Fourth grader Grant LePage imagines the joy that these benches will bring to his classmates.

“Kids are going to be happy about what they have done for our school to make those beautiful benches.”

Although this specific project is finished, Eddingfield and her students all feel very passionate about continuing to make changes to put a dent into the plastic pollution problem.

“Me and some of my family members like to discuss ideas of how we can stop some plastic pollution,” said Taylin Shepherd, another fourth grader who participated in this project.

Along with raising awareness and discussing ideas to help the issue, the students also plan to continue encouraging their school and restaurants in the community to reduce their use of single-use plastic.

“Last year we went to all locally owned restaurants and asked them to only give out plastic straws upon request,” said Eddingfield.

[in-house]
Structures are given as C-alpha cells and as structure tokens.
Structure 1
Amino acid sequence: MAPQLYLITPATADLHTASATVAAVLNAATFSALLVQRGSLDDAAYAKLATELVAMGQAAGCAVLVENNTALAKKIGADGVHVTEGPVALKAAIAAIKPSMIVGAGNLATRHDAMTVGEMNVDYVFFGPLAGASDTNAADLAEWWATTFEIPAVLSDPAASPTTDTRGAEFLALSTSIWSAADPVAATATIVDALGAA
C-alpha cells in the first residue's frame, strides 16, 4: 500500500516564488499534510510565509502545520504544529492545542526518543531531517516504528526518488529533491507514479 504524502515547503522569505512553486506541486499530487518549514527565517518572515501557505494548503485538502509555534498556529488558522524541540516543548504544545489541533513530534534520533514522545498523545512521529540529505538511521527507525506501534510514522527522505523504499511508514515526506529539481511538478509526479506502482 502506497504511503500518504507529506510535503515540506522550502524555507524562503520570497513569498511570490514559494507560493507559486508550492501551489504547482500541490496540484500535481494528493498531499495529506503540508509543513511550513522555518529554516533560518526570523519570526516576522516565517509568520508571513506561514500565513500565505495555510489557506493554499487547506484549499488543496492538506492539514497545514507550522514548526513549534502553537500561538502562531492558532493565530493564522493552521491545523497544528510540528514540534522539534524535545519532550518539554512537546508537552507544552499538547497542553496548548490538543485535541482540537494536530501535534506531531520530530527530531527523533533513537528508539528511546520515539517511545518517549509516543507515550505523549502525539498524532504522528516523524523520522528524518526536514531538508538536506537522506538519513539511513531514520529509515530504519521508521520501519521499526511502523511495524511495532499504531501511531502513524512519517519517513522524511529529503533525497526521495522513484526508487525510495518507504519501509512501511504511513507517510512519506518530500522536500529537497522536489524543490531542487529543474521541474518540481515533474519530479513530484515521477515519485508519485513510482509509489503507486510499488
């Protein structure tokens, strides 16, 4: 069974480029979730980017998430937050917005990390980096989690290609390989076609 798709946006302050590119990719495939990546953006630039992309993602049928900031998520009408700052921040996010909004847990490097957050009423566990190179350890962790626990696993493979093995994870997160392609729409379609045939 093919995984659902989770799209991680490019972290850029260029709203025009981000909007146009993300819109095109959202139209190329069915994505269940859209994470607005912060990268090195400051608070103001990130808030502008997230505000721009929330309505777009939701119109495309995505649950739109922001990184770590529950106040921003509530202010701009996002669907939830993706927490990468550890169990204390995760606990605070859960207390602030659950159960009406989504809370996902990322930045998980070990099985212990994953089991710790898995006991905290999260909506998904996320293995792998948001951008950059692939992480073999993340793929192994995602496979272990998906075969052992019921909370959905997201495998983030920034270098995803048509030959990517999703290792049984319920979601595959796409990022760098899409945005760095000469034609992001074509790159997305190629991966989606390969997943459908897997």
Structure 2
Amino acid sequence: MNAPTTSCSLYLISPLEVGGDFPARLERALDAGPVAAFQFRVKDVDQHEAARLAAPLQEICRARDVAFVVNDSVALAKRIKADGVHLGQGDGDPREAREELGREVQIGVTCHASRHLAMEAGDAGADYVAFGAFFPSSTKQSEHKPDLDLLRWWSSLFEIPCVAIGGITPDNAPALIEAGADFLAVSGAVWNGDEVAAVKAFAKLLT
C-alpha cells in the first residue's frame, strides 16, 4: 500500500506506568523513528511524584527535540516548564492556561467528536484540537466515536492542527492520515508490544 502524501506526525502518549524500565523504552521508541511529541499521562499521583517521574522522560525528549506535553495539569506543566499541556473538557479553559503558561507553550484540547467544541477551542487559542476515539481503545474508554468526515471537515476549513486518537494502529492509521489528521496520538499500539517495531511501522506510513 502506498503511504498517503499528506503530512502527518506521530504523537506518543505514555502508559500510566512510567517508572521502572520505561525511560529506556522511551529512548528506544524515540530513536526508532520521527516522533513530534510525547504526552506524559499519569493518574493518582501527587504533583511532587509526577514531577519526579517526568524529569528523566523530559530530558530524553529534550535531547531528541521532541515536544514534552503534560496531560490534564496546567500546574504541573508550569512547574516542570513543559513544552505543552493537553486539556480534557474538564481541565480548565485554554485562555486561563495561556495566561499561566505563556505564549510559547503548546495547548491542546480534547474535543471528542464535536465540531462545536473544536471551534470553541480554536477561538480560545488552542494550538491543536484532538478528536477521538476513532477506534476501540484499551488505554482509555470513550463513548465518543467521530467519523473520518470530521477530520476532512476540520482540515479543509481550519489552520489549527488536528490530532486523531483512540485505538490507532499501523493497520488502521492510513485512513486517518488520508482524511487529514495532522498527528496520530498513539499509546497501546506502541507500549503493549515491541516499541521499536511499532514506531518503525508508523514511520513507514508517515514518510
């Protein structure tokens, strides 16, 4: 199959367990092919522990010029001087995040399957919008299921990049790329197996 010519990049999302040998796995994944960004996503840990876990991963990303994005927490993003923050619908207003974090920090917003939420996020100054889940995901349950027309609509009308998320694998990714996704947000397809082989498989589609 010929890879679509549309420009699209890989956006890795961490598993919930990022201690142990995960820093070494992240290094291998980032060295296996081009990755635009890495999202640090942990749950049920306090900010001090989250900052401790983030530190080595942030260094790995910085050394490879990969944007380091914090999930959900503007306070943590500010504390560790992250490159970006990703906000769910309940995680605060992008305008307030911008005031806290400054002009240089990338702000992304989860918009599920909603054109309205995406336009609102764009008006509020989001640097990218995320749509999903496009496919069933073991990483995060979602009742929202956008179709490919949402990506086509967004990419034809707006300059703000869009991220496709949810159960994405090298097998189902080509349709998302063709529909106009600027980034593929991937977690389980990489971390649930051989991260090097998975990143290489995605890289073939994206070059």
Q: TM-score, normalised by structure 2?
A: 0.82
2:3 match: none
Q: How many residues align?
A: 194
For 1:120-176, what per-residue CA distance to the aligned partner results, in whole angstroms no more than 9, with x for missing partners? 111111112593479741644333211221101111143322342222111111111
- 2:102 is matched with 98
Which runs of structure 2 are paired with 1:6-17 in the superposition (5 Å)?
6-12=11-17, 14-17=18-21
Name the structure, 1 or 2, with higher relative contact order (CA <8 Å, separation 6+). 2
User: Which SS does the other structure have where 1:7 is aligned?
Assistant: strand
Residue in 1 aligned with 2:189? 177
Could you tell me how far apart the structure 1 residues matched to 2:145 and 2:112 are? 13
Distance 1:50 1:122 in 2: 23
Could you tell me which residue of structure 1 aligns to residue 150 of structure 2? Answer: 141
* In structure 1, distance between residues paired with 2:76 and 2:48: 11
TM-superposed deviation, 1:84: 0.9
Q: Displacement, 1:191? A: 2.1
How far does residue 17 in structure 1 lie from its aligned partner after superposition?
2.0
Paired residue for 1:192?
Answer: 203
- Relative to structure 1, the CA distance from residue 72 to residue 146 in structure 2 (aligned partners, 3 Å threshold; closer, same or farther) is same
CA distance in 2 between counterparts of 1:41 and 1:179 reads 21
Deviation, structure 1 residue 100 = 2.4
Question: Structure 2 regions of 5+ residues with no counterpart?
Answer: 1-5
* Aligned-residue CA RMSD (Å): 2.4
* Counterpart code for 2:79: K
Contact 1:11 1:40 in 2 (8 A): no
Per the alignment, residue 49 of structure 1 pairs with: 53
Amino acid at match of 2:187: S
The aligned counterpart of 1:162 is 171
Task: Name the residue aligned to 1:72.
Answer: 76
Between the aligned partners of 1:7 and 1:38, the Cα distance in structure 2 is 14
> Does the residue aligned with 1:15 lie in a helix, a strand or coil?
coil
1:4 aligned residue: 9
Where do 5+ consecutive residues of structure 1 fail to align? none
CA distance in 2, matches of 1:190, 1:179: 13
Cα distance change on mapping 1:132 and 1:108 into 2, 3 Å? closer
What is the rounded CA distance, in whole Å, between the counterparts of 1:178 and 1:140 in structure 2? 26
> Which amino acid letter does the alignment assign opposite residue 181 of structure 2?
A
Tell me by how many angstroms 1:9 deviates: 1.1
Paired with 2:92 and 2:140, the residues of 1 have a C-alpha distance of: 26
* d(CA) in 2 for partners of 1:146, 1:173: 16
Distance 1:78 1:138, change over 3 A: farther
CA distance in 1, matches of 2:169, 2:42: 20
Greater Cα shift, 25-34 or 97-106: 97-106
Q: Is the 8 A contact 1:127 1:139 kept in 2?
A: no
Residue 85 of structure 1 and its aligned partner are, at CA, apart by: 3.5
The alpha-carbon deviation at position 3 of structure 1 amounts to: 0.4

“They were all very cordial and listened to us and took the brochure we made bout the damages of single use plastic, but to our knowledge, we are not sure that any changes have been made, so we intend to revisit those restaurants and ask them how it’s going and find out if there is anything we can do to encourage them to try only giving straws upon request.”

Martha Steller was proud of the work that her and her peers had put into this project.

“Just thinking about how many plastic caps we collected and have saved from the oceans and landfills just makes us feel good,” she said.

Eddingfield was also proud and imagines ways that these students can continue to make a difference.

“I look at these kids and I think they are tomorrows leaders and I think they are very bright and articulate and very sharp,” she said. “They will be inheriting this problem, but I can see that they are all equipped and ready to go and will come up with some great solutions. We know that plastic use is just ingrained into our way of life, but we know that once you have an awareness, it becomes easier to make small changes, and that is kind of what we are wanting to do. We know that we won’t be able to solve this problem all at once, but we can make little changes and do our part and make a ripple effect.

“We have to change this, it’s not too late, and I know that we will keep fighting this fight.”
 

Posted on 2020 Jan 14